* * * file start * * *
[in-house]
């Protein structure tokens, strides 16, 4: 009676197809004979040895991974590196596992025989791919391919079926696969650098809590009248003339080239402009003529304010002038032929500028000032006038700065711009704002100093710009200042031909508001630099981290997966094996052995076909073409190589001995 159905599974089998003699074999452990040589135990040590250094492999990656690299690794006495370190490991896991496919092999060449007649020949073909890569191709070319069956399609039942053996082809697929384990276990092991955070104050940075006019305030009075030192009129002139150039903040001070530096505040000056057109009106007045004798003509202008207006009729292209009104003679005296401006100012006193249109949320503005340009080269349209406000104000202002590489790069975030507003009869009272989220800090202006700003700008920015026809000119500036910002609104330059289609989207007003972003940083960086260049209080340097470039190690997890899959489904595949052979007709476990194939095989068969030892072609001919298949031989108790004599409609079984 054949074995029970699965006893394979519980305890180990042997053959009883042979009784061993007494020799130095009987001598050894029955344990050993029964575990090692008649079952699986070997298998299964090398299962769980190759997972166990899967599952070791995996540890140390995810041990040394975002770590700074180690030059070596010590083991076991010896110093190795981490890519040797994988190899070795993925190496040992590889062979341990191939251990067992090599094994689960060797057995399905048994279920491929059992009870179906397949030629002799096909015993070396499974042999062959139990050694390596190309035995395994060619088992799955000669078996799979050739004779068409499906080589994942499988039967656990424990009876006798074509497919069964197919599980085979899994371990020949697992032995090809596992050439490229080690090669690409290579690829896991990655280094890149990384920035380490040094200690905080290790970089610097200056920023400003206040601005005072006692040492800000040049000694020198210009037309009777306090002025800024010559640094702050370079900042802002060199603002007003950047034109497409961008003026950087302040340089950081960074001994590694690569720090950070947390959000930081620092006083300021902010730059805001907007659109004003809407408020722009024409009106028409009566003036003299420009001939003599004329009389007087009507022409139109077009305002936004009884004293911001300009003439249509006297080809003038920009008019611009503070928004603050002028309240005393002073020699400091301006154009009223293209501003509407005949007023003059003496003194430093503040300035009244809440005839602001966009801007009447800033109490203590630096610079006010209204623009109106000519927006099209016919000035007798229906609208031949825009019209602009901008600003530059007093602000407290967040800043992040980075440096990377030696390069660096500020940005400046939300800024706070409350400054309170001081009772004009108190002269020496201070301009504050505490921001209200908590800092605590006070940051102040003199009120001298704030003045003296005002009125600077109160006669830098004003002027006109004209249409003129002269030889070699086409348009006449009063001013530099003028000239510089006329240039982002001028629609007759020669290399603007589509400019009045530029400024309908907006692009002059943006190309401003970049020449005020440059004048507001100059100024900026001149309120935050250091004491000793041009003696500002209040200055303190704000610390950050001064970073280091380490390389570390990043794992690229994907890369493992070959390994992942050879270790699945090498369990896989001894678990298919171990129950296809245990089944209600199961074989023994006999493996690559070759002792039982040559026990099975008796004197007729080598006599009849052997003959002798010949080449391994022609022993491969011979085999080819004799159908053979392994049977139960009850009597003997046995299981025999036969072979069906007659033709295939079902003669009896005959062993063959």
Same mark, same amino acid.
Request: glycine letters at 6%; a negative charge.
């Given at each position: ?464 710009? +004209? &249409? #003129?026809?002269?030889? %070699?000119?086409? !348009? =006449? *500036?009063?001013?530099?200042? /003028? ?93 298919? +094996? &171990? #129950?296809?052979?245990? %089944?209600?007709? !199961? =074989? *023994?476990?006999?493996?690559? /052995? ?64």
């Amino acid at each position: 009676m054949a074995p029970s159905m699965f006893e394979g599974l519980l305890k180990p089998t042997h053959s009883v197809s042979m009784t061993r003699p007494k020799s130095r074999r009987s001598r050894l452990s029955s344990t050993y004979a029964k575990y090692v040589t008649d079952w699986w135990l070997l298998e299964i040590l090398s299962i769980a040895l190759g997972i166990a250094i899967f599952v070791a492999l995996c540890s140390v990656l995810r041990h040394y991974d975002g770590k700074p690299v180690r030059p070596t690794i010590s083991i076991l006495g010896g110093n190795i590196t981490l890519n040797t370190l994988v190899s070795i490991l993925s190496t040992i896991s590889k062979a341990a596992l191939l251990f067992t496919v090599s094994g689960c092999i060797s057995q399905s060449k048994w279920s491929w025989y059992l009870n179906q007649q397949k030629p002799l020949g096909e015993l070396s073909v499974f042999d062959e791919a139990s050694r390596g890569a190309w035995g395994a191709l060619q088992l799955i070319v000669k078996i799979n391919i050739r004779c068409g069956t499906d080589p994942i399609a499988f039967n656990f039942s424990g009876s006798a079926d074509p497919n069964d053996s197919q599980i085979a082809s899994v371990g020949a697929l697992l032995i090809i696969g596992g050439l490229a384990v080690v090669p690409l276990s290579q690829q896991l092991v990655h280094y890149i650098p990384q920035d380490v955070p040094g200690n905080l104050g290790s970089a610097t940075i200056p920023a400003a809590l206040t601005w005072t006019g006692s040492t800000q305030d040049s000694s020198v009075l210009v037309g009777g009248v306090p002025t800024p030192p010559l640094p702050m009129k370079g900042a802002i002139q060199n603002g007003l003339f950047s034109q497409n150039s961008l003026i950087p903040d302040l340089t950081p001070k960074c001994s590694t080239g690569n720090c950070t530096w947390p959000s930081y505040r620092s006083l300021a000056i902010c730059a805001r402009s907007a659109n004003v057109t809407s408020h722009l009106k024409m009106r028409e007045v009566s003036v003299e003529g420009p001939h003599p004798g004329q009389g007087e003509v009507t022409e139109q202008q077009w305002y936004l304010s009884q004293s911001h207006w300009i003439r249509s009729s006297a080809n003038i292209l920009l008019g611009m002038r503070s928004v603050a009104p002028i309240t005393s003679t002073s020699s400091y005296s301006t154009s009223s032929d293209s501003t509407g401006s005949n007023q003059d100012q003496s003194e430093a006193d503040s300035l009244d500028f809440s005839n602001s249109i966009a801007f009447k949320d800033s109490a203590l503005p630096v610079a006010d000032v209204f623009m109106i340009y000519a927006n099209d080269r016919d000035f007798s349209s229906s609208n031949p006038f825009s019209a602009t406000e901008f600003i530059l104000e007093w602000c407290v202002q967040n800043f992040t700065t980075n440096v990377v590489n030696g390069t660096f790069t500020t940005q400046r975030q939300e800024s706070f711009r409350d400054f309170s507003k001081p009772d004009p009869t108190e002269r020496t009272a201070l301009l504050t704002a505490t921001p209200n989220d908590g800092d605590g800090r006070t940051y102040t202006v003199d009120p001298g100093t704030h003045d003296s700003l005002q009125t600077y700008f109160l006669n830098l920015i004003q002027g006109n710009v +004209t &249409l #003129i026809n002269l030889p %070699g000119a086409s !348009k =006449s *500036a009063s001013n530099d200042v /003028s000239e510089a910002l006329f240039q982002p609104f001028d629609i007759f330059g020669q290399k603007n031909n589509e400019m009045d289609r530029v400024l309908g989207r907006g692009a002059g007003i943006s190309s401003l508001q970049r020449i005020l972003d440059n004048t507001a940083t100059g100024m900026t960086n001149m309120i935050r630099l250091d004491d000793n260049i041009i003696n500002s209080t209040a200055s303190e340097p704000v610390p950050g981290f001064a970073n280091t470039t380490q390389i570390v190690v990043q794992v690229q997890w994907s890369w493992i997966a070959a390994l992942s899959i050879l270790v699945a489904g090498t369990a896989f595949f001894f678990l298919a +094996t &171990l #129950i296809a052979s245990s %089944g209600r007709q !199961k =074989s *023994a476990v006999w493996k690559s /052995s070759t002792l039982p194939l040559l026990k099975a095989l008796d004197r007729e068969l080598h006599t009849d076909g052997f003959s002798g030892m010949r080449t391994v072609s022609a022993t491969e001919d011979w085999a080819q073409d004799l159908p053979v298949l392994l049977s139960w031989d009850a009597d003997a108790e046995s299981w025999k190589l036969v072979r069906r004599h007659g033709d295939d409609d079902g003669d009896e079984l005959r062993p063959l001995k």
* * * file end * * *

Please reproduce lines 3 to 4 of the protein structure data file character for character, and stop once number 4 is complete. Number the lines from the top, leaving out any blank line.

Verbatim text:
Same mark, same amino acid.
Request: glycine letters at 6%; a negative charge.